Here's another bit of fun and research that didn't make it into the community magazine. My whole inspiration for the piece started while I was watching a TV documentary about Chatsworth House. Very interesting! I do like bananas, and of course, people who know me know I just love Minions. Actually, I am bananas for Minions.
Chatsworth House is a stately home in Derbyshire, and is the ancestral home of the Cavendish family, headed by the Dukes of Devonshire. What does this have to do with bananas, you ask? Though there are over fifty varieties, the banana you had with your cereal this morning is most likely a Cavendish banana, named for William, the 6th Duke, who grew them in his vast, glass Great Conservatory on the estate. Bet you didn’t know that!
You could go bananas with all the banana information available on the web today.* Banana plants are herbaceous, so bananas don’t grow on trees. Botanically speaking, bananas are berries, though you can’t grow them from their seeds as you can with an avocado, a coffee bean, or a grape. Bananas are the greatest selling of all the fruits, and one of the most popular foods in America and in the world. The average American eats 27 pounds of bananas, more than the average 23 pounds of pizza we consume each year. The banana is full of nutrients, is portable, requires no cooking, and can be a part of any meal. Bananas make us laugh.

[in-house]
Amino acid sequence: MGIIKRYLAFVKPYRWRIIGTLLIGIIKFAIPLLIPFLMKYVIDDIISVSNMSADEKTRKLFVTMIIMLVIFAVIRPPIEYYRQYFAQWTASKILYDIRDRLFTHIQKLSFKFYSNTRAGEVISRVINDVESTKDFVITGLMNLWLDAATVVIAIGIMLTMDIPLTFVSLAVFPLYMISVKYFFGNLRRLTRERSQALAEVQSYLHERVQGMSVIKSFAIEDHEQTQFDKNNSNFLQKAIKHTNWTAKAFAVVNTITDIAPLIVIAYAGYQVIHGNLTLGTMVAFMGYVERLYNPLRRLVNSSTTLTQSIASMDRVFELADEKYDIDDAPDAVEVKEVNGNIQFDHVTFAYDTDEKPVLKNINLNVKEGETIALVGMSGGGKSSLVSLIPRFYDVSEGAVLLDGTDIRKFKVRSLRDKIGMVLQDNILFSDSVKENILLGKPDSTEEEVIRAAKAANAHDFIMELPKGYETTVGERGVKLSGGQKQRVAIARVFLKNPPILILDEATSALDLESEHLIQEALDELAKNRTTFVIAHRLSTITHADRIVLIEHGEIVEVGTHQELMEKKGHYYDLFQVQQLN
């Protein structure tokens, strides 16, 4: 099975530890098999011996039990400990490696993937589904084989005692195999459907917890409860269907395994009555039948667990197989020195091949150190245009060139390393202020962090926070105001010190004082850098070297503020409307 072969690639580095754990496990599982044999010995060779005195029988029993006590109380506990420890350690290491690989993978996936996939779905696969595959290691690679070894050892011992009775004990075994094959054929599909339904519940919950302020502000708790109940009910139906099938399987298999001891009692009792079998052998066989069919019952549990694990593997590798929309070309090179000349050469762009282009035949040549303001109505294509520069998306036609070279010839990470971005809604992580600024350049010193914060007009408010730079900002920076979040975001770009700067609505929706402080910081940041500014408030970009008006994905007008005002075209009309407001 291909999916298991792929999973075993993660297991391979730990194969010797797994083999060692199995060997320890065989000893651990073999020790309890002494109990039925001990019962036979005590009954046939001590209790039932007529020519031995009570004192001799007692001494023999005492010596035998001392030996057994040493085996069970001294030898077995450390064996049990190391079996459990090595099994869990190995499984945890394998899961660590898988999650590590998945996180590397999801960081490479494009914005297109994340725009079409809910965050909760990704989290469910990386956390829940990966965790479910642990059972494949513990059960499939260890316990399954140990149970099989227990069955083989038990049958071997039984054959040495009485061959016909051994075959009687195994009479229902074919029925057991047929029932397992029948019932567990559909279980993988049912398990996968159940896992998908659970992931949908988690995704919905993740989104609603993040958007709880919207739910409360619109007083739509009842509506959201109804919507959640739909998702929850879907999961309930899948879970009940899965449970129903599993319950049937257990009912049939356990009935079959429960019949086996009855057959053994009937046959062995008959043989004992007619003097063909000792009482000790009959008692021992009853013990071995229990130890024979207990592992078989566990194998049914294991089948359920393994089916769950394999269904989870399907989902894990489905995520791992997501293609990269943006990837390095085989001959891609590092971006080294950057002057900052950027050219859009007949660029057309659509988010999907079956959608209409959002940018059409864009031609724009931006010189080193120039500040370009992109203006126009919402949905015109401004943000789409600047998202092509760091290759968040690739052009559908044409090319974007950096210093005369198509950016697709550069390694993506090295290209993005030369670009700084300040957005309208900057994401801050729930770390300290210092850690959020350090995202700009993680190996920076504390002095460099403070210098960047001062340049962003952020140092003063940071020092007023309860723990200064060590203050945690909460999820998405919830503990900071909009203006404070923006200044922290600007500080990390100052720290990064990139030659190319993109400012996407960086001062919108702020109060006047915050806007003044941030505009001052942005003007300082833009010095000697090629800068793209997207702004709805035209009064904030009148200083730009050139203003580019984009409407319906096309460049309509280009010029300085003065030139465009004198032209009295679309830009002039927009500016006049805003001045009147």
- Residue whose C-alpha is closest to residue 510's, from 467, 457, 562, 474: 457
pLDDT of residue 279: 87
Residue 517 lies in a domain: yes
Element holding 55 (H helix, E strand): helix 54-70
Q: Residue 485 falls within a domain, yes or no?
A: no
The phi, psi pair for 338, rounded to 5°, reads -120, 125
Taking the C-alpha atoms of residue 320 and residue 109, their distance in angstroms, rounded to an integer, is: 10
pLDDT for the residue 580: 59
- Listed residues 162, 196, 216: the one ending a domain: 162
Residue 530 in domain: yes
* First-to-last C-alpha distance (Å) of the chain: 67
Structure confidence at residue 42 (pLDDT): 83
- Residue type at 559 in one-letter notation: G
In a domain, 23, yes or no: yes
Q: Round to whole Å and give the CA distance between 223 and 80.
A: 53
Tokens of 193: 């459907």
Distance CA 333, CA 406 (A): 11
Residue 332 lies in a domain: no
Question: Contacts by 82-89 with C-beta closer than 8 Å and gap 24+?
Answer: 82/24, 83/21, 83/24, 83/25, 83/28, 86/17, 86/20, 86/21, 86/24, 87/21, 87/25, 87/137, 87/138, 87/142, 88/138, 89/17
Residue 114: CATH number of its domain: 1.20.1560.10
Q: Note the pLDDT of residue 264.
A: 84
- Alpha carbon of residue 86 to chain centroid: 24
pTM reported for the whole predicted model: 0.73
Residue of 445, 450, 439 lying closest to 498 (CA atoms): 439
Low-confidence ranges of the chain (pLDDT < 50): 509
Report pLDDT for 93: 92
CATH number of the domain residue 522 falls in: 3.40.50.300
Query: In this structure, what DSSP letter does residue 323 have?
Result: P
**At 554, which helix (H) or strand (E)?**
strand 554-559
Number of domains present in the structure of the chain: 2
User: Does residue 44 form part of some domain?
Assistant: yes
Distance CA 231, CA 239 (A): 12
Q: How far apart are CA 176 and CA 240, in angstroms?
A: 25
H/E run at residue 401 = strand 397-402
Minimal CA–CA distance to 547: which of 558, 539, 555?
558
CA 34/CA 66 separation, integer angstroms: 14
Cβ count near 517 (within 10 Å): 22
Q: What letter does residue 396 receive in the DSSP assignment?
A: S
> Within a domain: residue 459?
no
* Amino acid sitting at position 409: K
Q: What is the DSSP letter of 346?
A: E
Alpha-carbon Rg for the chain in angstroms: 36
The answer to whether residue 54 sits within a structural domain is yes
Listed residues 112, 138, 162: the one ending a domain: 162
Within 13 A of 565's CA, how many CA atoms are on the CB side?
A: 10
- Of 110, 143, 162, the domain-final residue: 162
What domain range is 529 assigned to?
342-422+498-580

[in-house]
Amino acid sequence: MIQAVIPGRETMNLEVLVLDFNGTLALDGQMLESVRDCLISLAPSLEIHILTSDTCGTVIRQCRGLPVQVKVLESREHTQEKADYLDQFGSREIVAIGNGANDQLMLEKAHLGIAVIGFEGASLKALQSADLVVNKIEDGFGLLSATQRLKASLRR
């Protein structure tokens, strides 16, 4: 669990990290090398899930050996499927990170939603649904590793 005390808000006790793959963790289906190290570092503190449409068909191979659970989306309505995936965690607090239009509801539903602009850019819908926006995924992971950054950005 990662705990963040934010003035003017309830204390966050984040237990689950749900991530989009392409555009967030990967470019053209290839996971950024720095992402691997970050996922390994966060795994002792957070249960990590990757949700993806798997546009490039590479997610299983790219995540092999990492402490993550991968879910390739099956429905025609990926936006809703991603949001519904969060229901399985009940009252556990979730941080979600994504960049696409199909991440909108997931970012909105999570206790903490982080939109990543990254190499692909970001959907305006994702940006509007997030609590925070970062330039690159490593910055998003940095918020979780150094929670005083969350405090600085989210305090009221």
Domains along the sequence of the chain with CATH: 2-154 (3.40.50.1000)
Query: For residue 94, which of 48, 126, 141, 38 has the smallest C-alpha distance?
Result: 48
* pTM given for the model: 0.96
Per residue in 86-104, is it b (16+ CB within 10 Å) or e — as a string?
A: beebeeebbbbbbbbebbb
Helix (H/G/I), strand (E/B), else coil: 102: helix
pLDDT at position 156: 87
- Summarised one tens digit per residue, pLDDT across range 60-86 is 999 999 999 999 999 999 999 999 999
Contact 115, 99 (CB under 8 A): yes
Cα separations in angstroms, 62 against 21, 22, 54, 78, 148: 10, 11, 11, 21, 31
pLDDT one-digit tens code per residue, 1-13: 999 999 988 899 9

Why do we go bananas? Why is the word associated with comedy and laughter? Well, we do laugh at monkey antics, and monkeys do like bananas. We talk about “top bananas” and “second bananas” and “going bananas”. About the only thing painful about bananas would be if you slipped on the peel, yet many folks will laugh at that. Bananas have been celebrated in songs like Yellow Bird and The Banana Boat Song, and in the movies. In 1971, Woody Allen went Bananas in a fictional banana republic, and in 2010, Minions went bananas in Despicable Me. Now they have their own movie Minions, of course. They are still “bananas!”
If you chose to, you could eat the whole banana, skin and all. No part of it is bad for you, but it is recommended that you eat no more than two a day, with or without the peel. They are so full of nutrients that if you ate too many you could overdose on some vitamins and minerals, especially potassium, but you’d have to eat more than a whole hand of bananas, not just a finger or two.
|If it's been in the fridge it is still perfect.|
Many of us think that “you should never put bananas in your refrigerator.” For years bananas have been getting over-ripe and mushy on kitchen counters because people believed the warning in the old Chiquita Banana jingle. That practice is so wrong. Someone came up with that tag line and used the word ‘refrigerator’ to rhyme with the ‘very, very tropical equator’, the climate in which bananas are grown. They could and did come up with a better jingle later on. If you buy bananas just the way you like to eat them, put them right in the refrigerator. If you buy them a bit greener than you like, leave them out until they are just the way you want them. Yes, the skins will get spotted and browner as the days pass, but the inside will stay just perfect for at least a week, in time for you to restock on your next shopping trip. Over-ripe bananas? Make banana bread or a smoothie. You can’t go wrong going bananas.
*The Chiquita Banana website, chiquitabananas.com, is a font of banana fun facts, recipes, and good information on health and nutrition.